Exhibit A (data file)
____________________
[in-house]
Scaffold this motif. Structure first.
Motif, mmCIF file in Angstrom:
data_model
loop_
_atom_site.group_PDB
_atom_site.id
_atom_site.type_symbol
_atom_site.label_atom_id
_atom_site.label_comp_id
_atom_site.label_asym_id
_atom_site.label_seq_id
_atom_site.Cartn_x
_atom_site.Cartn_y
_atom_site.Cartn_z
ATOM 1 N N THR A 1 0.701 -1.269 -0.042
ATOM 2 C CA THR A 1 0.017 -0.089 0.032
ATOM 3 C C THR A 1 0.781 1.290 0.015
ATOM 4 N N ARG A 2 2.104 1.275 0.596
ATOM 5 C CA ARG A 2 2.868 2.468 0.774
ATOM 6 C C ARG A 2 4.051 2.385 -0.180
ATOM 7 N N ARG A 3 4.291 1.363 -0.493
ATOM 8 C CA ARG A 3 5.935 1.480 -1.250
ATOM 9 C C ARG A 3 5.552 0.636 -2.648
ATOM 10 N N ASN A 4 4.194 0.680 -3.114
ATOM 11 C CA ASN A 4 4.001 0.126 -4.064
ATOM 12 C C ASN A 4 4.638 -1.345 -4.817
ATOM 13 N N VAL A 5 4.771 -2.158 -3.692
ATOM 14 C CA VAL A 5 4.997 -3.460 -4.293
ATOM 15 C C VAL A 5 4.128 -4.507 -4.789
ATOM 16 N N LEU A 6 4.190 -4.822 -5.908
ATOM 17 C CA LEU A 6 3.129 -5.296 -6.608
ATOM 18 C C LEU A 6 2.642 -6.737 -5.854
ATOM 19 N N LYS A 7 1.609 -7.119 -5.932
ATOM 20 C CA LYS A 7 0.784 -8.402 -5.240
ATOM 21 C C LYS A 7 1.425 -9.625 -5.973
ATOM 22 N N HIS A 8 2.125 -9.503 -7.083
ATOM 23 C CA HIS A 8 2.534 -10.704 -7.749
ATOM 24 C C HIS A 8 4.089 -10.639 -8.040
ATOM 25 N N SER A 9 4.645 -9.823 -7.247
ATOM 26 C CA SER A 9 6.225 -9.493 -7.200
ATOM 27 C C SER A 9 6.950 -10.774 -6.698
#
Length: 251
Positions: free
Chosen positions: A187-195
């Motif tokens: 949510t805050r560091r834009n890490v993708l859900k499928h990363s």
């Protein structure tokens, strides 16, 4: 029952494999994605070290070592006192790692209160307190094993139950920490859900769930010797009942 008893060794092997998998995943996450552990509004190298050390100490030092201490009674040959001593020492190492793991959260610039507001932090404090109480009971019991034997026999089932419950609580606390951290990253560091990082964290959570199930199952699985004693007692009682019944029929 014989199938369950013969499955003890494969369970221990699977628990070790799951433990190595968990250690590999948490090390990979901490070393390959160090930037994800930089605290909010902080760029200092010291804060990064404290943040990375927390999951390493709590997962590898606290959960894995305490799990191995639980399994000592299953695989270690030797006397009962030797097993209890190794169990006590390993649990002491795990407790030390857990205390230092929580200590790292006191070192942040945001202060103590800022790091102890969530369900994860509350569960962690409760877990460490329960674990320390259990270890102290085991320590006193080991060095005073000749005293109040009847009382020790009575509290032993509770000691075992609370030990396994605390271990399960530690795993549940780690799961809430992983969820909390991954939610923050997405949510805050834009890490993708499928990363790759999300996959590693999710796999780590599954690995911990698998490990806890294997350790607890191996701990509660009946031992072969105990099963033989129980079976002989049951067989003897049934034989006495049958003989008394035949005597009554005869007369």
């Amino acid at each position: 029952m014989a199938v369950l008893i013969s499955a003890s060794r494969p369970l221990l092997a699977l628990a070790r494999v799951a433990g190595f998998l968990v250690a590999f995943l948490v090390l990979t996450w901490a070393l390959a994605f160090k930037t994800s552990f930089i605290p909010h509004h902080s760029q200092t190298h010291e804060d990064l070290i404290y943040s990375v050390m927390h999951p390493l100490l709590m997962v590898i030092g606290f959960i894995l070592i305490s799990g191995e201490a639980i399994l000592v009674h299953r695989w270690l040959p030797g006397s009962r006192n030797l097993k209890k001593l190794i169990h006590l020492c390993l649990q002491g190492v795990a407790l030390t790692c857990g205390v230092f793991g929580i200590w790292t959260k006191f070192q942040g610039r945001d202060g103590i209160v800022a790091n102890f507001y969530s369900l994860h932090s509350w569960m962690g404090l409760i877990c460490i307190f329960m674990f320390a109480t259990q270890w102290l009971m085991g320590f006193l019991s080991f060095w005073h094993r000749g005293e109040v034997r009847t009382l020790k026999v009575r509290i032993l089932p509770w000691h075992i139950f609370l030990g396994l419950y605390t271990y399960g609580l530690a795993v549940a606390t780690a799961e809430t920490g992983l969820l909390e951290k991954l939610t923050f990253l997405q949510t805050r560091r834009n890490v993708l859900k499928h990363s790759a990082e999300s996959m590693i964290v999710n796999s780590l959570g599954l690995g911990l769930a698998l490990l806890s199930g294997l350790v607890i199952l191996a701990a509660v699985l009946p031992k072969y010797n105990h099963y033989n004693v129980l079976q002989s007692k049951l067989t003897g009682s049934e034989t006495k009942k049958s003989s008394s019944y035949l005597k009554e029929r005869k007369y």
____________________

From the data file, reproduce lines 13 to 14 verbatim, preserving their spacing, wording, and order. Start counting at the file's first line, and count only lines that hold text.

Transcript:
_atom_site.Cartn_x
_atom_site.Cartn_y